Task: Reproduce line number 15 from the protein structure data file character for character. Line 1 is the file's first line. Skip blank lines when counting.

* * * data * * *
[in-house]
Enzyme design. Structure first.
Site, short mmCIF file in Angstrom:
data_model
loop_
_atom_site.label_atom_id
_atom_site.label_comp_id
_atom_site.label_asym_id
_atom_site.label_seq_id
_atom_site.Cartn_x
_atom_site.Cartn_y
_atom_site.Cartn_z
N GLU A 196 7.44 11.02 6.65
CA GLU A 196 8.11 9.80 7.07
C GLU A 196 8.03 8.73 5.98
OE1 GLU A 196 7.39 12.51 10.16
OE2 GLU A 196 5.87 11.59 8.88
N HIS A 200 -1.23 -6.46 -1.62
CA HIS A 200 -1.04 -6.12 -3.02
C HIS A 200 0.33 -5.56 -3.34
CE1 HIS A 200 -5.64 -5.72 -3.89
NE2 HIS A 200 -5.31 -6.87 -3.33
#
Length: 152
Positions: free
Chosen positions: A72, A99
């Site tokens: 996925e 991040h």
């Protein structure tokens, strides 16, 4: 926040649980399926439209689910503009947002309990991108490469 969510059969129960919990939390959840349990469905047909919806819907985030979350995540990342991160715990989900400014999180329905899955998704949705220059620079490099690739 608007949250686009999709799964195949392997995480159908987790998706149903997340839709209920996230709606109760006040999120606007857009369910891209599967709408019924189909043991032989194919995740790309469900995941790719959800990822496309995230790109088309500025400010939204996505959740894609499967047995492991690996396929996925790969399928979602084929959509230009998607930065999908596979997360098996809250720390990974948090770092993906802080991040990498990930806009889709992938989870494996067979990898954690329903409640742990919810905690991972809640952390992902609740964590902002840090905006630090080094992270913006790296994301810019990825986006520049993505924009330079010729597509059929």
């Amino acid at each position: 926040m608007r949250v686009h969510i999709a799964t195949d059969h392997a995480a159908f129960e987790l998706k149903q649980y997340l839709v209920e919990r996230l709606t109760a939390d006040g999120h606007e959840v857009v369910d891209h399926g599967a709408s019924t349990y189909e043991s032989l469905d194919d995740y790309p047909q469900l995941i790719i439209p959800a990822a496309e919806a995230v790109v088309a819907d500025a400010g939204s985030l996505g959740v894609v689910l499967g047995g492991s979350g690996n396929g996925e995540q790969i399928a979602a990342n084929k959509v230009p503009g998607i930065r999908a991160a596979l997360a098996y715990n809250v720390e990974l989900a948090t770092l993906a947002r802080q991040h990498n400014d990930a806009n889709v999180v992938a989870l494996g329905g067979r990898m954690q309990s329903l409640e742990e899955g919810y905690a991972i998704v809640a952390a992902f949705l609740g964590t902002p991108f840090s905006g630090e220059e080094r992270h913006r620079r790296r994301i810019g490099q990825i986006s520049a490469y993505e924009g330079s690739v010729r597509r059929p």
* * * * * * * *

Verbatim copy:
C GLU A 196 8.03 8.73 5.98